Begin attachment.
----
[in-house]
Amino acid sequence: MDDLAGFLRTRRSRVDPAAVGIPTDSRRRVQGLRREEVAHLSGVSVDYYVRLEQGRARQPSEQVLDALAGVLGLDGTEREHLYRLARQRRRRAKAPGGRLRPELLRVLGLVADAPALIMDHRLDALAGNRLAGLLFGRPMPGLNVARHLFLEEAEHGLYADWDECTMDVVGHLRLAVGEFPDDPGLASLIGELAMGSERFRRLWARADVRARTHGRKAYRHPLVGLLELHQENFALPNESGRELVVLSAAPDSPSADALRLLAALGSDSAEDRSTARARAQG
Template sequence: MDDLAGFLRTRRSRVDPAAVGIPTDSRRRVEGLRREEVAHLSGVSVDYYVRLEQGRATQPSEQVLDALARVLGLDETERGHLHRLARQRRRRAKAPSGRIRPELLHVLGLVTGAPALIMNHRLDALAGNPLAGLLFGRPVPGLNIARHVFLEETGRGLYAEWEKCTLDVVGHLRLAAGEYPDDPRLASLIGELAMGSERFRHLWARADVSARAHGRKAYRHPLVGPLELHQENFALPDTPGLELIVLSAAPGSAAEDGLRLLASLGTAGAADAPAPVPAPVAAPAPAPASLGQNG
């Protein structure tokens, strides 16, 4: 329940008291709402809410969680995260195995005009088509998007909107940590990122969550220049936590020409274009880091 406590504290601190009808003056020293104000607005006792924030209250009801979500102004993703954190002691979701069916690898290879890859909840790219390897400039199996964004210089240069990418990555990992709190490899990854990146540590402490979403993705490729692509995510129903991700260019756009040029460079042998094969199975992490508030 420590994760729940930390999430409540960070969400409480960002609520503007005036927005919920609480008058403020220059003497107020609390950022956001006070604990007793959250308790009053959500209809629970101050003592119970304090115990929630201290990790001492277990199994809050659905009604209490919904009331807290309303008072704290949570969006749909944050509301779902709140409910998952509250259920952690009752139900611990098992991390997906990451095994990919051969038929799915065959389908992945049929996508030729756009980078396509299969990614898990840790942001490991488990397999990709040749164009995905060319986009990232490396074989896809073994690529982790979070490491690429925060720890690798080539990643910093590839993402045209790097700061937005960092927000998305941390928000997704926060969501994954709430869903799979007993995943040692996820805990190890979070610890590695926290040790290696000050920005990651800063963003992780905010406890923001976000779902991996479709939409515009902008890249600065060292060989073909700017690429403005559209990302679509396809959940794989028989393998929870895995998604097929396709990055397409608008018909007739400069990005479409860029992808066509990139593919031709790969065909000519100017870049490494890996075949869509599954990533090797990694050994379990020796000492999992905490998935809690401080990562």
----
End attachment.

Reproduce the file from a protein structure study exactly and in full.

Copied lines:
[in-house]
Amino acid sequence: MDDLAGFLRTRRSRVDPAAVGIPTDSRRRVQGLRREEVAHLSGVSVDYYVRLEQGRARQPSEQVLDALAGVLGLDGTEREHLYRLARQRRRRAKAPGGRLRPELLRVLGLVADAPALIMDHRLDALAGNRLAGLLFGRPMPGLNVARHLFLEEAEHGLYADWDECTMDVVGHLRLAVGEFPDDPGLASLIGELAMGSERFRRLWARADVRARTHGRKAYRHPLVGLLELHQENFALPNESGRELVVLSAAPDSPSADALRLLAALGSDSAEDRSTARARAQG
Template sequence: MDDLAGFLRTRRSRVDPAAVGIPTDSRRRVEGLRREEVAHLSGVSVDYYVRLEQGRATQPSEQVLDALARVLGLDETERGHLHRLARQRRRRAKAPSGRIRPELLHVLGLVTGAPALIMNHRLDALAGNPLAGLLFGRPVPGLNIARHVFLEETGRGLYAEWEKCTLDVVGHLRLAAGEYPDDPRLASLIGELAMGSERFRHLWARADVSARAHGRKAYRHPLVGPLELHQENFALPDTPGLELIVLSAAPGSAAEDGLRLLASLGTAGAADAPAPVPAPVAAPAPAPASLGQNG
């Protein structure tokens, strides 16, 4: 329940008291709402809410969680995260195995005009088509998007909107940590990122969550220049936590020409274009880091 406590504290601190009808003056020293104000607005006792924030209250009801979500102004993703954190002691979701069916690898290879890859909840790219390897400039199996964004210089240069990418990555990992709190490899990854990146540590402490979403993705490729692509995510129903991700260019756009040029460079042998094969199975992490508030 420590994760729940930390999430409540960070969400409480960002609520503007005036927005919920609480008058403020220059003497107020609390950022956001006070604990007793959250308790009053959500209809629970101050003592119970304090115990929630201290990790001492277990199994809050659905009604209490919904009331807290309303008072704290949570969006749909944050509301779902709140409910998952509250259920952690009752139900611990098992991390997906990451095994990919051969038929799915065959389908992945049929996508030729756009980078396509299969990614898990840790942001490991488990397999990709040749164009995905060319986009990232490396074989896809073994690529982790979070490491690429925060720890690798080539990643910093590839993402045209790097700061937005960092927000998305941390928000997704926060969501994954709430869903799979007993995943040692996820805990190890979070610890590695926290040790290696000050920005990651800063963003992780905010406890923001976000779902991996479709939409515009902008890249600065060292060989073909700017690429403005559209990302679509396809959940794989028989393998929870895995998604097929396709990055397409608008018909007739400069990005479409860029992808066509990139593919031709790969065909000519100017870049490494890996075949869509599954990533090797990694050994379990020796000492999992905490998935809690401080990562």